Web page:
In a survey of 201 IT managers in companies with more than 500 employees, 95% said that they approved of Microsoft's partnership with Novell. Even more tellingly, 97% said they wanted to see a greater focus on interoperability between different platforms.
That represents something of a bitter pill for Microsoft to swallow, as its main marketing strategy for many years has been "Windows everywhere", the notion that running exclusively Windows-based operating systems will lead to lower software and management costs.
Despite hammering that theme for a decade, however, enterprises have stubbornly remained heterogeneous in their consumption of operating systems, as well as noticing that interoperability between different flavours of Windows is not always that straightforward either.
There was some good news for Microsoft in the survey though. 71% of respondents said that they were more likely to deploy Linux if it came with intellectual property rights guaranteed, rather than risking patent law suits from less commercial versions of the open source OS.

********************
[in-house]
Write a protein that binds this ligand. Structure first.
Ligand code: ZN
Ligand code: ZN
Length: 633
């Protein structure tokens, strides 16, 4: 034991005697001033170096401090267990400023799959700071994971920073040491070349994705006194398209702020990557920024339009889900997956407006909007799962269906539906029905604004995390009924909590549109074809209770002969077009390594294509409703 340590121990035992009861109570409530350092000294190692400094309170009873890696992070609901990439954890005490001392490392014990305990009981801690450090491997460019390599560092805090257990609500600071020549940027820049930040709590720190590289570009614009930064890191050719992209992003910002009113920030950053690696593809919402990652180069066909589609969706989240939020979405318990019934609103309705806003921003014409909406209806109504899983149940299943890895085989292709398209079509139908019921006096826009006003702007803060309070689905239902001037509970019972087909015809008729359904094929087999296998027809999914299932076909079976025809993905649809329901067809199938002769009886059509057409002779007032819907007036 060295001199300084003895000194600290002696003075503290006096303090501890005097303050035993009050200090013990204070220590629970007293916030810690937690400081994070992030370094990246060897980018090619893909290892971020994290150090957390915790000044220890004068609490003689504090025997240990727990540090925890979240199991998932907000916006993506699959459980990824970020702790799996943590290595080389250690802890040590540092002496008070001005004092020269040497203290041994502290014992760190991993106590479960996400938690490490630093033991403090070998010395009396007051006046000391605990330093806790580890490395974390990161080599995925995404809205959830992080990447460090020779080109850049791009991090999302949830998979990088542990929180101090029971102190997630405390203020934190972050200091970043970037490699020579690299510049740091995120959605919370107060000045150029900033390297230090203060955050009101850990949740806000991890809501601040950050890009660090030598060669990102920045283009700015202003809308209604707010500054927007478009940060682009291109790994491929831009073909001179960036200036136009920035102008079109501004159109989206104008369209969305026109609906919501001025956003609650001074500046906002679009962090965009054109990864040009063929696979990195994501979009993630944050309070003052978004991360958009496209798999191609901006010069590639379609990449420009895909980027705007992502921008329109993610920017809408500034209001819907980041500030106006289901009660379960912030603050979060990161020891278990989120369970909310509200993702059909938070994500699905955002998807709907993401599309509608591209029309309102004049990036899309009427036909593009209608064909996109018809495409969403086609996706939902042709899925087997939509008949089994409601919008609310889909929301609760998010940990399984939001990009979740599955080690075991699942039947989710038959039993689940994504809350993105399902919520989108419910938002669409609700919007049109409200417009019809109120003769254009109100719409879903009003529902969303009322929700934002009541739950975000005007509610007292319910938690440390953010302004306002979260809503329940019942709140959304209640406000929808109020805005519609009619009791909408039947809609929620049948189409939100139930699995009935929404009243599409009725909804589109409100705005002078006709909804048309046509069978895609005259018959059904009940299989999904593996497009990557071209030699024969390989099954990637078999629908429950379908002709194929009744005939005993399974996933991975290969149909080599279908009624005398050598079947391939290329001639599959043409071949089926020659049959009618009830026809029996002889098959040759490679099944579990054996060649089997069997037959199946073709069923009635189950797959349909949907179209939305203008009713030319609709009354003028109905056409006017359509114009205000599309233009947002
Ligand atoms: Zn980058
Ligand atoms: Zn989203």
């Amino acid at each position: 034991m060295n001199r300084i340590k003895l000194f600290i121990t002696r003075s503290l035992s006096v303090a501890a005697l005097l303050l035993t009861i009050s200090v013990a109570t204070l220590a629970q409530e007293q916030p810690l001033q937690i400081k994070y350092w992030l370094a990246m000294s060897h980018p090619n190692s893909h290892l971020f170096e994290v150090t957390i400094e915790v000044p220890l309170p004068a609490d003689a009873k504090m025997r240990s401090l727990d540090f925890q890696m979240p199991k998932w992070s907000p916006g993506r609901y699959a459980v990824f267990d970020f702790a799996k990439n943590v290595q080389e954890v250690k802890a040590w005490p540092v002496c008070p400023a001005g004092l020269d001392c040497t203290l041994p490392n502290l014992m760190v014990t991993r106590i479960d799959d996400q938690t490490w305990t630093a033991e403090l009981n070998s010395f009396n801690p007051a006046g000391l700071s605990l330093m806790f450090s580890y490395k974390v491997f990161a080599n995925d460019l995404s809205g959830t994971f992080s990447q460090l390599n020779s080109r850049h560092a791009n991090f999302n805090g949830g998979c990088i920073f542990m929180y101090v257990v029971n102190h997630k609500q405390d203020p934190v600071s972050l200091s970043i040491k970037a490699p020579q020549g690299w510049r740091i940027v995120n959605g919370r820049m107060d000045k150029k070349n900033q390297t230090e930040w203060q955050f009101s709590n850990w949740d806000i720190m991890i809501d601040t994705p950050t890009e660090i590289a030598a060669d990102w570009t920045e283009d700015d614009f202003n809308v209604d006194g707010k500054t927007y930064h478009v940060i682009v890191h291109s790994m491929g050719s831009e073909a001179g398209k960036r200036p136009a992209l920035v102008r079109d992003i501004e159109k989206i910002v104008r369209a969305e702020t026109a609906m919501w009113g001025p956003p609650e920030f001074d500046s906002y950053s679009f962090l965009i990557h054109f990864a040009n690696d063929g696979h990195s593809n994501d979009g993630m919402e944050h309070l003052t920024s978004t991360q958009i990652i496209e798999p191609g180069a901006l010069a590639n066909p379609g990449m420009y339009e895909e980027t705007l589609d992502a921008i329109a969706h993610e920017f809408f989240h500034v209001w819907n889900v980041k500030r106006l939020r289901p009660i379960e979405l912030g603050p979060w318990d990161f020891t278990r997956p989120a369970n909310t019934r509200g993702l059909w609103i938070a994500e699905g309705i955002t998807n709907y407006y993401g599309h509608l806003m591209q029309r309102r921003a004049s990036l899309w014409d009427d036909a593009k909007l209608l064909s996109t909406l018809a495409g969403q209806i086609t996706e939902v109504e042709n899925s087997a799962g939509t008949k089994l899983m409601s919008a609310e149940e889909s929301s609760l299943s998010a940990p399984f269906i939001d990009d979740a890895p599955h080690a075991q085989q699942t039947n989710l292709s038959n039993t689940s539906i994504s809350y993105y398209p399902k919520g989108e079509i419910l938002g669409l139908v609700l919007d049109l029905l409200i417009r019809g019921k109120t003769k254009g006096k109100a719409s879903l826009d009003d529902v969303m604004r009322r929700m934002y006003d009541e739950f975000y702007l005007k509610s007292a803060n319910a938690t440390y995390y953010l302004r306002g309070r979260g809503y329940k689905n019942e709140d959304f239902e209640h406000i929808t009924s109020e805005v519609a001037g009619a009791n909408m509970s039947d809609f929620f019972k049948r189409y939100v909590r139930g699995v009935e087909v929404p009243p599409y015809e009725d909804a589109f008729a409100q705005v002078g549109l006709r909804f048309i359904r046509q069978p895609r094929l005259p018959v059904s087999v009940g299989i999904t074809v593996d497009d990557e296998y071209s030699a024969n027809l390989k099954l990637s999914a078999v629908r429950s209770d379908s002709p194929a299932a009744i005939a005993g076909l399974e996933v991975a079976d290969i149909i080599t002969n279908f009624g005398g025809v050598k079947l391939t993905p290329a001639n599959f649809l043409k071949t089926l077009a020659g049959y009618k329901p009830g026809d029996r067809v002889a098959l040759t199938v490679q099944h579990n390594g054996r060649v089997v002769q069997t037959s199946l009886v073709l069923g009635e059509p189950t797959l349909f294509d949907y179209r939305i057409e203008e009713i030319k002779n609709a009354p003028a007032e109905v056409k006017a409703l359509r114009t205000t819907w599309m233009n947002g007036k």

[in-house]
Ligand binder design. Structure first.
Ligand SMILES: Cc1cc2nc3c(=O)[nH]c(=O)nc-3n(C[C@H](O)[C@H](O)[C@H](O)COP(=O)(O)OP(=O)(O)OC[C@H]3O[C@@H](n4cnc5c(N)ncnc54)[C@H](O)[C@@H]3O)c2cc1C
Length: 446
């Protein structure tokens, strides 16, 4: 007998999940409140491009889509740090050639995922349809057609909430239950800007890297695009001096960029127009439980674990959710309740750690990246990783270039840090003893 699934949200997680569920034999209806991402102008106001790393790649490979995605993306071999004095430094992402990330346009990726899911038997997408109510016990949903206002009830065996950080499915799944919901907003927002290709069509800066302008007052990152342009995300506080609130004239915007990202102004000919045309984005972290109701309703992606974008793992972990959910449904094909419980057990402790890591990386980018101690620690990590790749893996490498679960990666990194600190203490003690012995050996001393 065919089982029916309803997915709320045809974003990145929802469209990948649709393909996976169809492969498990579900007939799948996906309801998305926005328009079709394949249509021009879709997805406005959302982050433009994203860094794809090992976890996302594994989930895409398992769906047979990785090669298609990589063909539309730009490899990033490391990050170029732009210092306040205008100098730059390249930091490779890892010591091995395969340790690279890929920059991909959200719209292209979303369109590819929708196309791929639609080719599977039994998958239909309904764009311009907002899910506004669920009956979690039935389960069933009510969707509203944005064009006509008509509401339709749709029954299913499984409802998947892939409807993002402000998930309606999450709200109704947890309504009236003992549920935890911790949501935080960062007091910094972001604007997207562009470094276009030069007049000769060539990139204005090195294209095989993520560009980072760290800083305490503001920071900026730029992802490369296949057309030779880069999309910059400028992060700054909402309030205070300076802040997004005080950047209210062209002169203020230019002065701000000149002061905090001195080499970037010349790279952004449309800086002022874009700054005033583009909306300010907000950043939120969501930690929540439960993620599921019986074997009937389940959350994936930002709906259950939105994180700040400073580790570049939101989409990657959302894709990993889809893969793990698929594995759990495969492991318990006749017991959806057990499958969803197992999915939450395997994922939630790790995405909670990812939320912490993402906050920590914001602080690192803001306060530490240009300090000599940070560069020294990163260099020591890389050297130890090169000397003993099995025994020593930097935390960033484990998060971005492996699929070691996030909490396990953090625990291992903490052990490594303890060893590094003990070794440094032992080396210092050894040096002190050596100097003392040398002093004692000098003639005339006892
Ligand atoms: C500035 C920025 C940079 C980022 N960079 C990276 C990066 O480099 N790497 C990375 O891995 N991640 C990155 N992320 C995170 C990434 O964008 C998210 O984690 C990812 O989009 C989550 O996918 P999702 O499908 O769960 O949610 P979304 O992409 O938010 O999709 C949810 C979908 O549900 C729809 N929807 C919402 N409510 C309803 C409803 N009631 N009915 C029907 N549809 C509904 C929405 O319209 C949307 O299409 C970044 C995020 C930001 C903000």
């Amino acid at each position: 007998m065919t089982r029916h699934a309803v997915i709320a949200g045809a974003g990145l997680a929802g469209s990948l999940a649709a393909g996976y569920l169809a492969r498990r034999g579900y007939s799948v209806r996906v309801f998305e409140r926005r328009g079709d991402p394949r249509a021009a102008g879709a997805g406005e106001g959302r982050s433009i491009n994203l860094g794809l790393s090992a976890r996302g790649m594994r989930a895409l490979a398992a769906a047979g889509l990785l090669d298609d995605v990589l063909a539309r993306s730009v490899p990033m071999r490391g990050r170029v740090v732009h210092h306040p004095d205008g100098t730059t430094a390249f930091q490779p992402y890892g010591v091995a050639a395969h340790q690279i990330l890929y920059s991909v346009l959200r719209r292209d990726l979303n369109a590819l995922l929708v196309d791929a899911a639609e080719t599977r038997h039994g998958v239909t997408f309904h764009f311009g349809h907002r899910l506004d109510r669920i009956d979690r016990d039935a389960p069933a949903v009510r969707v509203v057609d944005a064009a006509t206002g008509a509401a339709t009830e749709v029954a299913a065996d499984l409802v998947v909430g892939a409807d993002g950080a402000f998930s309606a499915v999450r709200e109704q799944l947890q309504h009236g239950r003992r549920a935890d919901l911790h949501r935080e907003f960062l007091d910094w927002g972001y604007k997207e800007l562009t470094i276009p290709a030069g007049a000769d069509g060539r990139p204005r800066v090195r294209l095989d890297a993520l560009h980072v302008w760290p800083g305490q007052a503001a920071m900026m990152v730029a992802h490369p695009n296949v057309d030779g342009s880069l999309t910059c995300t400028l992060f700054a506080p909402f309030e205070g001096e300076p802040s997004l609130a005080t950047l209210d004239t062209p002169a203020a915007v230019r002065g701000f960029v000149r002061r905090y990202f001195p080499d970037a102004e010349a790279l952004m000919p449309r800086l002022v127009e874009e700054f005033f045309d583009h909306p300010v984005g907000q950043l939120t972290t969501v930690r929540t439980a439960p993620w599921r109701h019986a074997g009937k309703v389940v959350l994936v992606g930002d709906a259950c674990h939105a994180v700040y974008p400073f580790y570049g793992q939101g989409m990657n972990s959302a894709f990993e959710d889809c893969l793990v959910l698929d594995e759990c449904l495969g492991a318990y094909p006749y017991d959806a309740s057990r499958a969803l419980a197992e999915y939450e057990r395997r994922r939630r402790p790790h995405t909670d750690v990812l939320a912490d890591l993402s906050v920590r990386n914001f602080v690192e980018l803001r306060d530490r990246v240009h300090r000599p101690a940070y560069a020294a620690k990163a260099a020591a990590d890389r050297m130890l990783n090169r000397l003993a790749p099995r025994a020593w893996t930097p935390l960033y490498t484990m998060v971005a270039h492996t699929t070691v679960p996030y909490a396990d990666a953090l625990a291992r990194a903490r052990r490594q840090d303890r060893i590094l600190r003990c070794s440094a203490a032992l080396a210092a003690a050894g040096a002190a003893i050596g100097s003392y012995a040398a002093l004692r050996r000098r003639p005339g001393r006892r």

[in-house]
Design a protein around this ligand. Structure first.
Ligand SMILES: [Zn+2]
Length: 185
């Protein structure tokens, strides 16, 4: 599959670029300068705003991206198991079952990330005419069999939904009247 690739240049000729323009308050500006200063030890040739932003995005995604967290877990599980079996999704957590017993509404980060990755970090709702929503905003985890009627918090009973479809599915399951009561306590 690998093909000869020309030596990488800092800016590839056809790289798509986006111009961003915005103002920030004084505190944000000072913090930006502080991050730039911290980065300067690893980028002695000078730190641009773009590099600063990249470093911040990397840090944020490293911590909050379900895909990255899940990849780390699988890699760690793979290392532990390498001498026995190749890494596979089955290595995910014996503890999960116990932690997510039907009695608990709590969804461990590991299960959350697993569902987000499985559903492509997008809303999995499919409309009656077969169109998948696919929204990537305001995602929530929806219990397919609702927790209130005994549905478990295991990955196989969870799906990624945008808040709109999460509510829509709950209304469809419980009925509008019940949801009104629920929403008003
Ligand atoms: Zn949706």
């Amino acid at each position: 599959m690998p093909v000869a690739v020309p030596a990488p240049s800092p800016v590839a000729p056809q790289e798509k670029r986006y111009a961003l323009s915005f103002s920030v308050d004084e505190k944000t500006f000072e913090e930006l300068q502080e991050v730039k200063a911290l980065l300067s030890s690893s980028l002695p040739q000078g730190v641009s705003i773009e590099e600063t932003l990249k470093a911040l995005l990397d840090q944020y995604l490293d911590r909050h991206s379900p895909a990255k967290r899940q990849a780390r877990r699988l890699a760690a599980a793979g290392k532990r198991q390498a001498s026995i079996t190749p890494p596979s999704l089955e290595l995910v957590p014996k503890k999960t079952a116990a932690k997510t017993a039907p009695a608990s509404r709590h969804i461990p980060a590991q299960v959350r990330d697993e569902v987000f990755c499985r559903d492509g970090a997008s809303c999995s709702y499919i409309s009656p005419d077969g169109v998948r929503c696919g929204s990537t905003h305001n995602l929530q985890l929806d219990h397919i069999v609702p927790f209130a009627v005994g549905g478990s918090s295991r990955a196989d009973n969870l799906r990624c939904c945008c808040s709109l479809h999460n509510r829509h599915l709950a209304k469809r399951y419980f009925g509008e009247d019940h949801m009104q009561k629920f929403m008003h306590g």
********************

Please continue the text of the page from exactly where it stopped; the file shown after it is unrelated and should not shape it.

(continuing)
Microsoft and Novell announced their plans to allow interoperability between SUSE and Windows in November, a move which led to much excited commentary online. Two-thirds of the respondents to the survey, carried out by Penn, Schoen & Berland Associates, said they were aware of the new partnership.
The survey also demonstrated that proprietary Unix remains a popular choice in the larger enterprise. After Windows, the most commonly deployed OS was Solaris (used by 36%) and AIX (used by 35%).